Many large corporations are merely paying lip service to their environmental policies, according to a new report from the Sustainable Enterprise Institute.
Among companies in the Russell 1000 Index, only 125 have an executive level committee with responsibility for corporate social responsibility or environmental, health and safety oversight, according to “The Road Not Yet Taken” report (PDF).
Only 54 of the firms, or just above 5 percent, have a “C” level executive responsible for such oversight.
About 60 percent of the firms have company-wide environmental policies, although very few of those firms have formalized documents on the topic. Instead, most firms address CSR or EHS in a CSR report or language on the company Web site, with many of them “not particularly substantive” according to the report.
This table shows the extent to which corporate environmental policies adhere to industry-standard definitions of sustainability.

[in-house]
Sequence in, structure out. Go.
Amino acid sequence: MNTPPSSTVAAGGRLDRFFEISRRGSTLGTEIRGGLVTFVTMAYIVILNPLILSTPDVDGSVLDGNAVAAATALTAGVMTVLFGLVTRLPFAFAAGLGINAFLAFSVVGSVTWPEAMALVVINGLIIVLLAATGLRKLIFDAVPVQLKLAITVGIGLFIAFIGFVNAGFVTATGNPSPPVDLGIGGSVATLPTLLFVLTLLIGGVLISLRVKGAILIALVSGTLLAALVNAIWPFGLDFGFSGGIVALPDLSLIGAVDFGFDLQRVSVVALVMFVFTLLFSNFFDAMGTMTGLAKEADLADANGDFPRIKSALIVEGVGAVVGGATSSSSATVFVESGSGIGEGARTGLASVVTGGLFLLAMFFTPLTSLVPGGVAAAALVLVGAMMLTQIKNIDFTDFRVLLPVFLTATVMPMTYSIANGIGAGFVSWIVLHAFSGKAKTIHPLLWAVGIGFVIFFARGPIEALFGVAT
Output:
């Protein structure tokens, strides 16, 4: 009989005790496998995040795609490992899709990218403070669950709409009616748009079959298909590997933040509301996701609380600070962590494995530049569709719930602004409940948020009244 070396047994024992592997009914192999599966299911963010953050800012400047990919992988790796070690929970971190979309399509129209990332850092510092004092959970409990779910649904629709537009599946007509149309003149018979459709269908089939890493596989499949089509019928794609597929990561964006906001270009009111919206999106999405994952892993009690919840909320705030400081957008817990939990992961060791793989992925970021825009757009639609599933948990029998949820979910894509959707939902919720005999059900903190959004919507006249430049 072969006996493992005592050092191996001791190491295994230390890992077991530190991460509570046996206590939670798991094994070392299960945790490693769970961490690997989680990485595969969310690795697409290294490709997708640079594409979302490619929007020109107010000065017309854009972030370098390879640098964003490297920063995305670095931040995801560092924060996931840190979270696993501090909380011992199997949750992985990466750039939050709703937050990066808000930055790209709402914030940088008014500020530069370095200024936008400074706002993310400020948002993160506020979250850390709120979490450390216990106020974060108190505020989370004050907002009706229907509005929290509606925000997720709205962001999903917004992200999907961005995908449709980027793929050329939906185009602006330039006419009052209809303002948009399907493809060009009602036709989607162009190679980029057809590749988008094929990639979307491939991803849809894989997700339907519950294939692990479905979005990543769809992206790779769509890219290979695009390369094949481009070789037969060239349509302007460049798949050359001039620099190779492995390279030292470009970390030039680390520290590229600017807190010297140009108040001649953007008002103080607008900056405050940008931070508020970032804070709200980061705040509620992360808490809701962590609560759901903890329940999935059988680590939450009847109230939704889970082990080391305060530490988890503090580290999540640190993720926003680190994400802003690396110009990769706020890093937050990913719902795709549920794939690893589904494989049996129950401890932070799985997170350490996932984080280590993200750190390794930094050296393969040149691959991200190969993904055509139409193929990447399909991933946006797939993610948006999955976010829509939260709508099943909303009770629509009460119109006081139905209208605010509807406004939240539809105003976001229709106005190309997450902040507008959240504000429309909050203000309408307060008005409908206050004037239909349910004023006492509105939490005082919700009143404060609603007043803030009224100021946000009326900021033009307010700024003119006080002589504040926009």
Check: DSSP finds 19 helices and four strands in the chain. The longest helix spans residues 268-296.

To completely and adequately address environmental concerns, the Sustainable Business Index suggests that firms’ policies have these six elements:
- Board of directors has responsibility for the environmental policy.
- Policy specifically applies to all company operations.
- Policy includes commitments to quantifiable goals or targets.
- A commitment to public reporting.
- Policy addresses pollutant emissions.
- Policy addresses conservation of energy and/or water.
Only 40 percent of the firms in the Russell 1000 Index have at least one of the above aspects. Only eight firms have all six elements in their policy. Here’s a table illustrating firms’ commitment levels.